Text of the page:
Open for Enrollment (In Development)
This exclusive course is part of the program:Graphic Design Methods
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This last course examines the expectations and needs of design’s users and best practices for meeting them. Conversations between Lupton and Horne will examine diverse methods for engaging users, from designing for experience and behavior, to fundamentals of interaction design. Students will explore both theory and practice by considering current ideas and debates about the designer’s agency to engage audiences.
This course is in scheduled mode. Learn more about scheduled courses here.
Session 1: Design for Interaction
Designing for interaction is a crucial part of contemporary design practice. Designers must anticipate and design for the engagement of users to create effective interfaces. This unit offers methods for designing effective interactions within dynamic spaces, such as wireframes, user personas, navigation structures, and affordances.
Session 2: Design for Experience
Design for experience includes creating digital apps as well as conceiving of integrated services that include digital, physical, and print components. Modern environments for retail, healthcare, transportation, and education are conceived today as integrated experiences that engage users across many media.
Session 3: Design for Behavior
Principles of psychology show how design factors influence people’s choices, their level of engagement with a product or idea, and their physical movement through space and time. This lesson introduces diverse ideas from cognitive science and behavioral economics to show how designers can prime users to behave in certain ways, with the goal of building positive experiences and encouraging beneficial choices.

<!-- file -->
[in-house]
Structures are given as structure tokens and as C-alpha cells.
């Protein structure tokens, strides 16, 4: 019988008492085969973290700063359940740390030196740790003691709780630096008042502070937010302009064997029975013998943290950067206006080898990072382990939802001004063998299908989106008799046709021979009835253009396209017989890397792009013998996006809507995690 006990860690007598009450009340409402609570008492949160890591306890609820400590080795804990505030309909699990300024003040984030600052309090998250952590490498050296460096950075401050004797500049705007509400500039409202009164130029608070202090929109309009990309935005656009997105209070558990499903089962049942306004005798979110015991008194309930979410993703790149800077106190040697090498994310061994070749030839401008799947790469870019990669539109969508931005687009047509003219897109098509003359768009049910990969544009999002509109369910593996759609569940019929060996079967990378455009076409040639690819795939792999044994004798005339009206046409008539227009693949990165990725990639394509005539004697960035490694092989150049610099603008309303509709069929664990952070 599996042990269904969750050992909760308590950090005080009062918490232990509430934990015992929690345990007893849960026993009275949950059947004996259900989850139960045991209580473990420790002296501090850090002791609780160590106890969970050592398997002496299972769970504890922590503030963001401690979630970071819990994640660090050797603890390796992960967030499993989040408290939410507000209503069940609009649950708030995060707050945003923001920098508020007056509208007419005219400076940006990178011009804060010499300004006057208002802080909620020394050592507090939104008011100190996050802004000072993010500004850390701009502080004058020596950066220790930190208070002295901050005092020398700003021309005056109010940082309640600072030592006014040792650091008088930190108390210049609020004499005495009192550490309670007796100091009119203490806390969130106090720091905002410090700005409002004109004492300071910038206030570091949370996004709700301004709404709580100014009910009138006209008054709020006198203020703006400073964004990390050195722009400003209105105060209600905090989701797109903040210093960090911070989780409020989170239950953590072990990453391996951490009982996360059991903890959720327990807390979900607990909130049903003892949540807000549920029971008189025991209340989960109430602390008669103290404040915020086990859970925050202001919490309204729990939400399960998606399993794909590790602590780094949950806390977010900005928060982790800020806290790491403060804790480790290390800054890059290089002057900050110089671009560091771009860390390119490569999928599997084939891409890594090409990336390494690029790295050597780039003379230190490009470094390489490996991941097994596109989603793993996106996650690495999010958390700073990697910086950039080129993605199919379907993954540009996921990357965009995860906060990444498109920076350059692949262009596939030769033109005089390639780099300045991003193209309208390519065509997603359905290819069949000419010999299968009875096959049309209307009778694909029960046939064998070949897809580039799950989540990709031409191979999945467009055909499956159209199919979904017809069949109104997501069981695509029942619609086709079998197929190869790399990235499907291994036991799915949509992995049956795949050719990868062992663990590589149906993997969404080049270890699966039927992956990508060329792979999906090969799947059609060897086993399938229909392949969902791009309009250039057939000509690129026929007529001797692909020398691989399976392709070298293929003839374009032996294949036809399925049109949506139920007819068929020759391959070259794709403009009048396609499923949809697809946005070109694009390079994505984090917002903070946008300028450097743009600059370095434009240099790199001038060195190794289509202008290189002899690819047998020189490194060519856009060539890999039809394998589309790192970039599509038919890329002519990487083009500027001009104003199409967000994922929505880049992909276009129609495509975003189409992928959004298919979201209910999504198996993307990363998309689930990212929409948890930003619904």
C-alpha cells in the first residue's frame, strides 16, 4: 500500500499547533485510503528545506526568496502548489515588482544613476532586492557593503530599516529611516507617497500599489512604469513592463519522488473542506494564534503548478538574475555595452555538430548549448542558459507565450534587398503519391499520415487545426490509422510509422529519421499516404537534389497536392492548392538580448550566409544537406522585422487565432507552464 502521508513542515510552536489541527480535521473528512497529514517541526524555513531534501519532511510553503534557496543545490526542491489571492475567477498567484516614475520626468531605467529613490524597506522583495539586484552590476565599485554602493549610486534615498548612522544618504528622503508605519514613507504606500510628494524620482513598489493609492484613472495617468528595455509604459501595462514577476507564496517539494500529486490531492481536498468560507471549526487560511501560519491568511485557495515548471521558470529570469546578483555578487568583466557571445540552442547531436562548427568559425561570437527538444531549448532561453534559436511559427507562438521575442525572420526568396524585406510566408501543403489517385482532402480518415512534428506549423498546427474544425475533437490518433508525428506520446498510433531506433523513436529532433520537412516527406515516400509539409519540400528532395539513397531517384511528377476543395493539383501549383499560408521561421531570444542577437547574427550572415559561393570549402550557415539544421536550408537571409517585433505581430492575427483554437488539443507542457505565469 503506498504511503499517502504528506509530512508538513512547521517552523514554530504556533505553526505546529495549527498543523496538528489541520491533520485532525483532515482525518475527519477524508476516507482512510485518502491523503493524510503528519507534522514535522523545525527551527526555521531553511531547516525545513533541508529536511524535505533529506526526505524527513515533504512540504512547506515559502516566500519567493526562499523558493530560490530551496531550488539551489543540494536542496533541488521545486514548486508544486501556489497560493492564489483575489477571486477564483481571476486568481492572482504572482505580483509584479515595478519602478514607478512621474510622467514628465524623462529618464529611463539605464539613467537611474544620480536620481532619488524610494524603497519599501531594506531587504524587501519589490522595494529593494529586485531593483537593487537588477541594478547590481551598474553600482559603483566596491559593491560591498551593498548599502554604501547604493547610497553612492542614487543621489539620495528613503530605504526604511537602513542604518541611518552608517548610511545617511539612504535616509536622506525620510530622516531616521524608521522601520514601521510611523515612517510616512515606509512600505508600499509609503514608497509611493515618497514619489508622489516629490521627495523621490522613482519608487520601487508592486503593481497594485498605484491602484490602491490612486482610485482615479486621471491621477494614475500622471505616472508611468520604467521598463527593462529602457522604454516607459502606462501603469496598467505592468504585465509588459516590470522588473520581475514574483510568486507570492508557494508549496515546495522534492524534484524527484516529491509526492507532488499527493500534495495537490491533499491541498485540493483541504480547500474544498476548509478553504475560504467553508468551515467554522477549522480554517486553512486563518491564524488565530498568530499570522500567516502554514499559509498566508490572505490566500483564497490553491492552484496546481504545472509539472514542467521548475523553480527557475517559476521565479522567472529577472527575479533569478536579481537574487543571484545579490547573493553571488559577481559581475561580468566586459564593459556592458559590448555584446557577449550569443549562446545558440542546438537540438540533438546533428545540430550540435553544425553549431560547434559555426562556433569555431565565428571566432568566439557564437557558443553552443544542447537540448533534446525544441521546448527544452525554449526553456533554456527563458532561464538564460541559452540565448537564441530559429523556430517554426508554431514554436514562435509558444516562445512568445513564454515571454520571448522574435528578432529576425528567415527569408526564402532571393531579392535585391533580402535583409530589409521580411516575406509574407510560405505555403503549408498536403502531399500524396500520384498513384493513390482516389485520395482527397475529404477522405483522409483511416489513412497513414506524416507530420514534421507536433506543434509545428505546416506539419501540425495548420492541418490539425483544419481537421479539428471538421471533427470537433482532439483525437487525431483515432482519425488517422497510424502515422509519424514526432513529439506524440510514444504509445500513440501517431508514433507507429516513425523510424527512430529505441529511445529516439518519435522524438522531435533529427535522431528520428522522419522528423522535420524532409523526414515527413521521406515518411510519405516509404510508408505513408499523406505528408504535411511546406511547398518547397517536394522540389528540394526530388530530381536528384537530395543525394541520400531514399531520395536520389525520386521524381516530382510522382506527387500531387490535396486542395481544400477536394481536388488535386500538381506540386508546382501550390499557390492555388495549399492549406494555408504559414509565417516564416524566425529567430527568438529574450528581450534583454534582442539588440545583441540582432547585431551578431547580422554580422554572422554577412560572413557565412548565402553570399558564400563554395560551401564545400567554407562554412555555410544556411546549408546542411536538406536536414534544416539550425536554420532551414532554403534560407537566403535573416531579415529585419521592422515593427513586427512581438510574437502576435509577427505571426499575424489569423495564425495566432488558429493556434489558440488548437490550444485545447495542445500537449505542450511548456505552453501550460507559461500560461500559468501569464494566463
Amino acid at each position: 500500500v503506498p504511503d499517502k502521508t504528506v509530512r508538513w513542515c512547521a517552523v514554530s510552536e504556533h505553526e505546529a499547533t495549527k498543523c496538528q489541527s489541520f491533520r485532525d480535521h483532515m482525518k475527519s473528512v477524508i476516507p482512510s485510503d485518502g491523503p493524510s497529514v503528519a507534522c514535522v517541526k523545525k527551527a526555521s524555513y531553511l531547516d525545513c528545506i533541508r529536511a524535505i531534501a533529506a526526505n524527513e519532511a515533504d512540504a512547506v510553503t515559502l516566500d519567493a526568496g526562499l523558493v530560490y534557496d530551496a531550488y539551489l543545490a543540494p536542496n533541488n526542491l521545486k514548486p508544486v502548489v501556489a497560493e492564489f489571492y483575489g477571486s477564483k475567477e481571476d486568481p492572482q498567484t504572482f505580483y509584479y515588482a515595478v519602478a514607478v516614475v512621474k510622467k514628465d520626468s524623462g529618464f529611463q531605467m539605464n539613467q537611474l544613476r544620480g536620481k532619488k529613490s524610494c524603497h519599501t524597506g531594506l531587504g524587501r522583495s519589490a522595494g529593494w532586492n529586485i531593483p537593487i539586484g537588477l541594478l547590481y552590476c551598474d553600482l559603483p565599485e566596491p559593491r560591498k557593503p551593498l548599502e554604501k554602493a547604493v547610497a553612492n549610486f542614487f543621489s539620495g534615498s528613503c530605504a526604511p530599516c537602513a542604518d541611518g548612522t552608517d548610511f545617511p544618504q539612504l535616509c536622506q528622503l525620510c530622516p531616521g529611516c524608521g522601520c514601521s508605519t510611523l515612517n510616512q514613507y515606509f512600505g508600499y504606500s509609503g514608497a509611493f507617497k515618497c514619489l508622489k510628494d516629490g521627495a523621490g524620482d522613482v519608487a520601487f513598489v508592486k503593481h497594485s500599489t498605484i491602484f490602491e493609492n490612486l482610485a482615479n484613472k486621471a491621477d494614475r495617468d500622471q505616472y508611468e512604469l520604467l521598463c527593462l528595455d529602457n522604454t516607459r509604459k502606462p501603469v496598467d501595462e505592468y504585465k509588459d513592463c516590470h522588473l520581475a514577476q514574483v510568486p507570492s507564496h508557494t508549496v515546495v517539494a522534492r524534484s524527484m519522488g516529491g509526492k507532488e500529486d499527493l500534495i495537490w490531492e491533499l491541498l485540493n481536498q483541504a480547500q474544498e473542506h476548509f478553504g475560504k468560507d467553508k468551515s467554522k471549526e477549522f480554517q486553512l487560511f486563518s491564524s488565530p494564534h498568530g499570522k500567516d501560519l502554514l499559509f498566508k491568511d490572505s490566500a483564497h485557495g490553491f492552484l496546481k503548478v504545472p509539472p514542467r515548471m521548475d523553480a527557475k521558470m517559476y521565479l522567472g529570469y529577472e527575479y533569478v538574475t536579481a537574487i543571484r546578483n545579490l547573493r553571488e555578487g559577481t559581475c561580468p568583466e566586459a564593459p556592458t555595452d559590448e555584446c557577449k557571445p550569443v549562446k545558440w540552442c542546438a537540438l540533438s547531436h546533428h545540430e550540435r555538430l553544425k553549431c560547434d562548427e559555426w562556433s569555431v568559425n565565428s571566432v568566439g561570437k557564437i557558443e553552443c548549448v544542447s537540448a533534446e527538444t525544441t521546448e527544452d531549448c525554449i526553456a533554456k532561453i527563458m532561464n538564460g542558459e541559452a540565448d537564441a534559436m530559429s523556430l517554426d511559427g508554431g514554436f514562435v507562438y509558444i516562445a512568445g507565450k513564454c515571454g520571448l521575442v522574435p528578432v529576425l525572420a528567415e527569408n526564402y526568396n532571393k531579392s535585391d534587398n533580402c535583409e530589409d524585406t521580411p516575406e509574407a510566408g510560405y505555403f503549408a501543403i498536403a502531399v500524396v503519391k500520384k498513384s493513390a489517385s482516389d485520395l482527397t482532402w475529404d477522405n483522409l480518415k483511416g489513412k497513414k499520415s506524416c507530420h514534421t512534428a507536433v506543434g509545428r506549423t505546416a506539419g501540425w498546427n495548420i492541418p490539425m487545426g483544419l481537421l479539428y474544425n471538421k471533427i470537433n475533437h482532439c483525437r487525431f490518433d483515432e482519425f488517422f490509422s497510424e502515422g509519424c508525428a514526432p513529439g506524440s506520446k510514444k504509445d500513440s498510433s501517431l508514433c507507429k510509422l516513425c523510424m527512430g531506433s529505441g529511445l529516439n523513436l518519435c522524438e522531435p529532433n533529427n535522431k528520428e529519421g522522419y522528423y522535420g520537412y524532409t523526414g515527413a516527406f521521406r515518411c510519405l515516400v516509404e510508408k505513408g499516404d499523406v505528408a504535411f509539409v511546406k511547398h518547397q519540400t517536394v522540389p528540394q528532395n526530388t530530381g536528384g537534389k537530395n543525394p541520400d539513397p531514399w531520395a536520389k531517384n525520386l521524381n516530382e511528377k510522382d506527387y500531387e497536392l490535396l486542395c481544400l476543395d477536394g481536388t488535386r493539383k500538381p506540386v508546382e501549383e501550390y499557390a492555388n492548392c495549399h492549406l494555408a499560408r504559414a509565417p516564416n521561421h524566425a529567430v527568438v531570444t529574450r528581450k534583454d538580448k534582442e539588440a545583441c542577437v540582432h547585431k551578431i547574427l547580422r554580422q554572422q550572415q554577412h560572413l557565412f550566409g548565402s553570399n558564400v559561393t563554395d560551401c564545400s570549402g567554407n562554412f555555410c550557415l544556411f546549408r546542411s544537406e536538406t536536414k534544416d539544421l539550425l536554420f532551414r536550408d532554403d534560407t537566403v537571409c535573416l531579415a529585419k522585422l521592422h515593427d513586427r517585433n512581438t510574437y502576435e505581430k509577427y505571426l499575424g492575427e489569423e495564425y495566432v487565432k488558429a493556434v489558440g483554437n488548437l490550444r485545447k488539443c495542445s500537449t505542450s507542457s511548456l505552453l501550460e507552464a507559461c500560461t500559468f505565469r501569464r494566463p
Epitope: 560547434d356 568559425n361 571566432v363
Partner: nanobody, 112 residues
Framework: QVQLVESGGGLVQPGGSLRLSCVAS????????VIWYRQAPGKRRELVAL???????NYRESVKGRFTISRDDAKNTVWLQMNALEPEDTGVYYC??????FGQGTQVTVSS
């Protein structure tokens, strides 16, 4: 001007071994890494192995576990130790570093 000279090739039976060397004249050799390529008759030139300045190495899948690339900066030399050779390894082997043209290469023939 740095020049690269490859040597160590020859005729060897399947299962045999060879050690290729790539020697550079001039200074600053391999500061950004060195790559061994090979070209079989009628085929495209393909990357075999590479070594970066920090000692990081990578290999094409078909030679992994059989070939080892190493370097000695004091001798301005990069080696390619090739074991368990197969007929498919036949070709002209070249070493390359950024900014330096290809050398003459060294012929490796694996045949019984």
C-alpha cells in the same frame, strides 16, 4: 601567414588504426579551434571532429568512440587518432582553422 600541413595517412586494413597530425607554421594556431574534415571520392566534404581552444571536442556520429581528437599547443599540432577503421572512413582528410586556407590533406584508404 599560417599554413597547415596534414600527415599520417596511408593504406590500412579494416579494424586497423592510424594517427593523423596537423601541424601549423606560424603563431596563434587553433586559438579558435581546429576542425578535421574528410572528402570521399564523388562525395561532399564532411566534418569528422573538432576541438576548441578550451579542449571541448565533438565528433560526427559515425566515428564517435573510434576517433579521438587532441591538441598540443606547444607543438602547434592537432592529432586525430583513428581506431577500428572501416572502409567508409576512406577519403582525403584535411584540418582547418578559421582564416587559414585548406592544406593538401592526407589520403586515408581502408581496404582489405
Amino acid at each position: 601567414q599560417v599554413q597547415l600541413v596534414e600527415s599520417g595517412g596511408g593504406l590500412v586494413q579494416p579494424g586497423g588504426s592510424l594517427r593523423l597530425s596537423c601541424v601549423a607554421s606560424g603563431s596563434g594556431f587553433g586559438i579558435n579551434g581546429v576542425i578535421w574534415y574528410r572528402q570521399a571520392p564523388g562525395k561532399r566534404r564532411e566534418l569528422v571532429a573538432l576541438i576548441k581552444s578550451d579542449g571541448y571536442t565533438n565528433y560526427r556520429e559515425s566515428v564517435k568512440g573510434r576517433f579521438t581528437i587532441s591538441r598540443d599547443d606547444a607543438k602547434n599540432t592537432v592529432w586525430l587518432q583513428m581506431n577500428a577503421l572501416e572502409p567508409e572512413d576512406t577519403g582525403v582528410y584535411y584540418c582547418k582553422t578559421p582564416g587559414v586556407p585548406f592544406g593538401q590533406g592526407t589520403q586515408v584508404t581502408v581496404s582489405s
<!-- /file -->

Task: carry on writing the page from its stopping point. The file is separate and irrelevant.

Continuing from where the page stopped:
Session 4: Design for Inclusion
Inclusive design considers the needs of diverse users. In reality, there is no “average” user. Every individual has unique abilities and a unique identity in terms of cultural background and gender identity. People’s needs change over time—children and older people have different needs. Designers can accommodate diverse users by applying the principles of universal design and accessibility to their work. This lesson explores inclusive design methods that employ strategies of co-creation and personas.
Instructors & Guests
Brockett Horne is a designer, educator, and writer. She serves as chair of Graphic Design at MICA, where she teaches fierce sophomores and daring juniors. She is a past National Endowment for the Humanities Scholar in Design History, has been exhibited and honored with multiple design awards, is a past Rotary International Scholar, and has work in the permanent collection of the RISD Museum of Art. Her creative work is inspired by a desire to encourage the spectator to learn while looking. She holds a BFA from Carnegie Mellon University and an MFA from Rhode Island School of Design.
Ellen Lupton is director of the Graphic Design MFA program at MICA (with Jennifer Cole Phillips), where she teaches courses in design history, theory, and studio practice. She also serves as Senior Curator of Contemporary Design at Cooper Hewitt, Smithsonian Design Museum in New York City. Recent exhibitions have included "Beauty—National Design Triennial" (curated with Andrea Lipps), "How Posters Work", "Beautiful Users", and "Graphic Design"—Now in Production (curated with Andrew Blauvelt). Lupton has edited and authored numerous books, including "Thinking with Type", "Graphic Design Thinking", "Type on Screen", and "Graphic Design: The New Basics" (with Jennifer Cole Phillips). She earned her BFA from The Cooper Union and her Doctorate in Communication Design from University of Baltimore.
What You Need to Take This Course
- Access to note-taking tools and basic design tools, such as pencils, scissors and tape, drawing pens
- Laptop, desktop, or tablet device
- Access to digital drawing software, such as Adobe Illustrator or Photoshop
Please note: Taking part in a Kadenze course as a Premium Member, does not affirm that the student has been enrolled or accepted for enrollment by Maryland Institute College of Art.
In order to receive college credit for these program courses, you must successfully complete and pass all 3 courses in this program. If a student signs up for the Graphic Design Methods program, it is recommended that these courses are taken sequentially.
*Partial credit will not be awarded for completion of only one course.
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